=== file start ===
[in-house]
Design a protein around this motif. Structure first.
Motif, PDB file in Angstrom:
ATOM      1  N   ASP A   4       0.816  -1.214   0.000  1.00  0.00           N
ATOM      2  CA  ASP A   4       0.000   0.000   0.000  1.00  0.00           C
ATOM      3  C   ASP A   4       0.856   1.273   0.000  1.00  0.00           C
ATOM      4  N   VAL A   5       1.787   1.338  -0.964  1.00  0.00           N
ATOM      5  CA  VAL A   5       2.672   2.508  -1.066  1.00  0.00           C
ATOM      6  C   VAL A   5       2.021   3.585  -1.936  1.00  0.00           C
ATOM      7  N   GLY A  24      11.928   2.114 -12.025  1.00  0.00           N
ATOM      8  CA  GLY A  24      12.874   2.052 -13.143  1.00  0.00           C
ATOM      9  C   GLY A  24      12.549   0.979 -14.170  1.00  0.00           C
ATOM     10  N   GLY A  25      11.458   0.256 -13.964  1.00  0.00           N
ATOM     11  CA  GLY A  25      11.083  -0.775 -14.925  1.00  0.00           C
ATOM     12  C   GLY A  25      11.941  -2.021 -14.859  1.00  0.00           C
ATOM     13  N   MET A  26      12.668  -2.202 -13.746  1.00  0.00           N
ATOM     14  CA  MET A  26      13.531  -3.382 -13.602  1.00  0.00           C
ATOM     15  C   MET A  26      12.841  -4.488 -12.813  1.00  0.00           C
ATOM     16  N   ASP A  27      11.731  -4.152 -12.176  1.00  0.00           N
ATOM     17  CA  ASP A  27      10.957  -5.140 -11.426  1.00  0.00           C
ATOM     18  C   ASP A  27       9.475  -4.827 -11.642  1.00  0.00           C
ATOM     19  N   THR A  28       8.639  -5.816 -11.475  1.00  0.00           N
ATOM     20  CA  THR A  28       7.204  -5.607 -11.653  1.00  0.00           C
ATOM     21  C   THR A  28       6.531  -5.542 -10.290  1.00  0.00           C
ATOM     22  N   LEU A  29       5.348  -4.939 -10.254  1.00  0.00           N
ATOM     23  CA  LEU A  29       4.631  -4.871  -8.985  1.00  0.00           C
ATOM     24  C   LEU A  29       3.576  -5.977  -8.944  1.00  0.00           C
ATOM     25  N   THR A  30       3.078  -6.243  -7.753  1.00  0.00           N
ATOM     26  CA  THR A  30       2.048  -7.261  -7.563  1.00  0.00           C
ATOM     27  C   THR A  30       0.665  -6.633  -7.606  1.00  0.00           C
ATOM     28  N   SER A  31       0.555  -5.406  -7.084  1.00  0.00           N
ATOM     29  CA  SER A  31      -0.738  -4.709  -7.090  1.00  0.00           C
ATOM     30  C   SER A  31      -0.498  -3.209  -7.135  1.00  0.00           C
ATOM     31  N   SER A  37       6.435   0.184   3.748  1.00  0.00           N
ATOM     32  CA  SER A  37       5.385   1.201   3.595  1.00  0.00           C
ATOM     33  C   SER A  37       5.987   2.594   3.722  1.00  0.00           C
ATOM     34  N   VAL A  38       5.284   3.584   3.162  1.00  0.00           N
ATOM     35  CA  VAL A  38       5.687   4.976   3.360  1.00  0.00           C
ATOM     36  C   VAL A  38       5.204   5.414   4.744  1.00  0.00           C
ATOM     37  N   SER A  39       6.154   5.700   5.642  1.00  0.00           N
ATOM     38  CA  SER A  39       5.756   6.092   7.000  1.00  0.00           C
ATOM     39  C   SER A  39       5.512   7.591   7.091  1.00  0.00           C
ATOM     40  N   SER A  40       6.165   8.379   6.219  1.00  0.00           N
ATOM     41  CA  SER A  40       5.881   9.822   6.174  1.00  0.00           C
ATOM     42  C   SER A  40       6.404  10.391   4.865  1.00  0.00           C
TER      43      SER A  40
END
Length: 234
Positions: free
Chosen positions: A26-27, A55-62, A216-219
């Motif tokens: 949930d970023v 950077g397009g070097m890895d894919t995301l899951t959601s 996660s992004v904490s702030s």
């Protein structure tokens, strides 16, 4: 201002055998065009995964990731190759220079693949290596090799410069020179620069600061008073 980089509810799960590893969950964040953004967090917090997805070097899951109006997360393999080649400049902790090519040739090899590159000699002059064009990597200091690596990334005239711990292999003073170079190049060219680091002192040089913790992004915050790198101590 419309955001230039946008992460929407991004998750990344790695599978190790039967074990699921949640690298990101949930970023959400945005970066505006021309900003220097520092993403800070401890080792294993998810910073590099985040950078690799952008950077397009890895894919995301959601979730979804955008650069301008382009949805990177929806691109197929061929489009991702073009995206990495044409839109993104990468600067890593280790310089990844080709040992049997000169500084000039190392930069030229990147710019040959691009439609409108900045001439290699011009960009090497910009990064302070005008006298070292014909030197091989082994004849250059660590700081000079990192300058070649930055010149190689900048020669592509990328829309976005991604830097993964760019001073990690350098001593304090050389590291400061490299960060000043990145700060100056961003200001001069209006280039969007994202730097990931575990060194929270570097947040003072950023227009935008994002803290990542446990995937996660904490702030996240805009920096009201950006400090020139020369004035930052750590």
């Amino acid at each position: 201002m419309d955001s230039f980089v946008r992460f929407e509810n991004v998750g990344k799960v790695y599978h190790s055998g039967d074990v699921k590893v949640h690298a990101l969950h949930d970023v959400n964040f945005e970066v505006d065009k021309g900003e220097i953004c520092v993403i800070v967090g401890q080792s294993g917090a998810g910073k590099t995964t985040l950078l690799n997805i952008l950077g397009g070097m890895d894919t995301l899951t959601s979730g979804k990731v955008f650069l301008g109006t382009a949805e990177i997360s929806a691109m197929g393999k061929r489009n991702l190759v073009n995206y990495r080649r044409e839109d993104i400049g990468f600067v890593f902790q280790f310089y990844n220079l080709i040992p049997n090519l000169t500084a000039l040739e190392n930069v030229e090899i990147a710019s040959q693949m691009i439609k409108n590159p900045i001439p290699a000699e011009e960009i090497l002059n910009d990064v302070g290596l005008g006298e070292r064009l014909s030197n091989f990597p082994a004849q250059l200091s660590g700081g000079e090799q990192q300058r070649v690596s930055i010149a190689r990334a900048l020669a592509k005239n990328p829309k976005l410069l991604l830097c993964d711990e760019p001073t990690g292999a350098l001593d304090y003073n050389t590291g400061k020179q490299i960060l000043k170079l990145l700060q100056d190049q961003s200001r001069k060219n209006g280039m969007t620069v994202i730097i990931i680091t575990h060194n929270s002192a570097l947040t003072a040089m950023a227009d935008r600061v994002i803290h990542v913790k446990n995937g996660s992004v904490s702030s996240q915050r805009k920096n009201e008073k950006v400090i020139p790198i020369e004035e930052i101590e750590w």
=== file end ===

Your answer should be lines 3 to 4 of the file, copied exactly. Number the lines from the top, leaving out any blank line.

Motif, PDB file in Angstrom:
ATOM      1  N   ASP A   4       0.816  -1.214   0.000  1.00  0.00           N